Does watching scary B-movies from the 1950s heighten your design skills? Improve your acuity to color? Based on these brain-melting covers of Psychotronic Video alone, I’d have to say there’s a distinct possibility.
Of course, it may just be that Psychotronic editor Michael J. Weldon is a fucking badass, that’s probably what’s really going on here. If you aren’t familiar with the Psychotronic cinema ethos, get yourself a copy of one of their books and don’t look back.
After issue 18 a bar code is present on the cover, which is unfortunate, but with images these profoundly enjoyable, it scarcely matters. (If you click on some of the images, you’ll be able to see a larger version.)
Plenty more Psychotronic Video covers after the jump…
Caligula actually had a lot going for it, at least on paper, but it was a doomed film from the start. The original screenplay was by Gore Vidal, but then he disowned it after director Tinto Brass made substantial changes (Brass maintains Vidal’s script was terrible, but it’s entirely possible that it was just too gay for his likings). Brass still could have made a good film though—at this point in his career he was known for groundbreaking experimental cinema (like the notorious “high class” Nazi sexploitation film Salon Kitty)—but producer Bob Guccione (of Penthouse magazine fame) wanted to film actual hardcore (rather than simulated) sex. Brass refused, so Guccione had someone else film the scenes, adding to the disjointed insanity of the whole production. Even the fantastic casting—Malcolm McDowell, Peter O’Toole, Helen Mirren, John Gielgud—was tempered by Brass casting his own bohemian friends as Roman elites, and Guccione throwing numerous Penthouse Pets into the sex scenes.
The result was worse than cheesy pornography—it’s confusing, pretentious, cheesy pornography—a $17.5 million Penthouse magazine-funded boondoggle, and an absolute camp classic that everyone should see… once.
This is why Protest, a 1981 mini-documentary on Canadian decency activists is such a charming relic. On the one hand, it’s always unpleasant to see any impulse to curtail free speech. On the other hand, these dowdy conservative Canucks seem so darn sweet and reasonable compared to their American counterparts. If this protest was in middle America, it would have been a spectacle of hellfire sermons and open hostility! The only altercation you even see is a light slap coming from an irate secularist!The rest is just hilariously polite Canadians campaignin’ for decency.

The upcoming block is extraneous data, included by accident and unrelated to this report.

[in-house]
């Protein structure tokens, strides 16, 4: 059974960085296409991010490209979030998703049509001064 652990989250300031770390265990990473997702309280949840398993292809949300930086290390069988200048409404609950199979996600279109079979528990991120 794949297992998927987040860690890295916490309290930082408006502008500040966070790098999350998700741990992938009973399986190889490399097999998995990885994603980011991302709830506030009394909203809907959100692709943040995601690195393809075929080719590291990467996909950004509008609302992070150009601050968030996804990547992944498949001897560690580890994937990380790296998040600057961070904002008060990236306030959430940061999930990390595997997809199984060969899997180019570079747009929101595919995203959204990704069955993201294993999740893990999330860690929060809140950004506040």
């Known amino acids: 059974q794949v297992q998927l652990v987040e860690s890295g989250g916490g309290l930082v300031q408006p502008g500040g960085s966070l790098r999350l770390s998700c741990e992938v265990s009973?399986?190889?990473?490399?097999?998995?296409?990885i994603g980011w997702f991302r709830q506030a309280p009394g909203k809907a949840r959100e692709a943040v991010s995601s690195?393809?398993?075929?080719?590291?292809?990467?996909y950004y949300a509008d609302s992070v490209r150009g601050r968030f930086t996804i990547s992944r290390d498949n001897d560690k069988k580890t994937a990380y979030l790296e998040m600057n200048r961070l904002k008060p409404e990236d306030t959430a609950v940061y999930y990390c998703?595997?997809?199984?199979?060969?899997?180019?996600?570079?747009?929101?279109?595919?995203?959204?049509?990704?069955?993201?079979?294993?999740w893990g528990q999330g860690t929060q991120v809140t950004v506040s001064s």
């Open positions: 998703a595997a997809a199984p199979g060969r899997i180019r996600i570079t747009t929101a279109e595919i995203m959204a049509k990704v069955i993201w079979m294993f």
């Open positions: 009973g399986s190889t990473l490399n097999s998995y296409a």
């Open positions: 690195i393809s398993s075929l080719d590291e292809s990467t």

Why can’t our bluenose Christian pearl-clutchers be this considerate? I know it’s a stereotype, but they really do seem nicer up north!
I wrote about Chantal Akerman’s News From Home a few years ago on Dangerous Minds. With a recent high definition upload of the film to YouTube, I thought I’d take the opportunity to re-share this urban dream of a movie.
The films of Chantal Akerman are meditations on space, interior and exterior, and the emptiness within the clutter of both. There is a sense of alienation and distance in her films that can be chilly and desolate. The camera moored to the urbanscapes and architecture she sets her eye upon. Her art records the simple drama that exists in the day to day rhythm of life as lived, rarely pumped up by any narrative or cinematic gimmickry. Under the steady gaze of the camera the ordinary can be quite magical.
In Akerman’s News From Home , the main character is New York in the rough and tumble ‘70s. Akerman, a young woman alone in the city during perilous times, uses the camera as a means of dealing with a new and alien reality. As Akerman reads from letters sent from Belgium written by her concerned mother, we watch Manhattan in constant movement, a living, breathing thing. Among the people, buildings, automobiles and streets of the city, there is the quiet, lonely, soul who observes and feels apart from it all - watching detached, without engagement but great curiosity. The letters create an intimacy that contrasts profoundly with the coolness of the imagery.
Shot in 1977, News From Home, captures New York at a time when many artists, like Akerman, were coming to the city to tap into the energy and to be challenged by the prospects of living in the belly of the beast. It was a wonderful time, but it was also a dark time. In these images, you see a city on the cusp of transformation…for the good and the bad. From a purely historical point of view, to see 90 uninterrupted minutes of Manhattan in the mid-70s is a treat for my eyes. Rich with memories. This is the New York that informed revolutions in popular arts and spawned the arrival of punk culture.
Click the option to watch it in high definition, the clarity is stunning.
What is an artwork that no one can see? That’s the question French conceptual artist Pierre Bismuth asked himself ten years ago after finding out about an obscure artwork by Ed Ruscha—a fake rock placed somewhere in the Mojave desert at the end of the seventies and apparently left there. Ruscha was filmed making and depositing the piece, named “Rocky II” (after the Sylvester Stallone movie) for a 1980 BBC documentary—the only definitive proof that it ever even existed. Bismuth was so captivated by this idea that he determined to find Rocky II, and make a documentary about his search—Bismuth describes it as a “fake fiction.”
The closer he got to Ruscha, the more he was “met with a weird silence.” Eventually, he realised he would have to confront the artist himself. So, posing as a journalist with a camera crew in tow, he attended the press conference for the Ruscha retrospective at London’s Hayward Gallery in 2009. There he “aggressively” posed the question: “Where is Rocky number two?” Footage of Ruscha’s reaction, clearly caught off guard but amused, opens Bismuth’s film. While acknowledging the artwork’s existence, he declined to reveal its location, wishing Bismuth “good luck” in his search.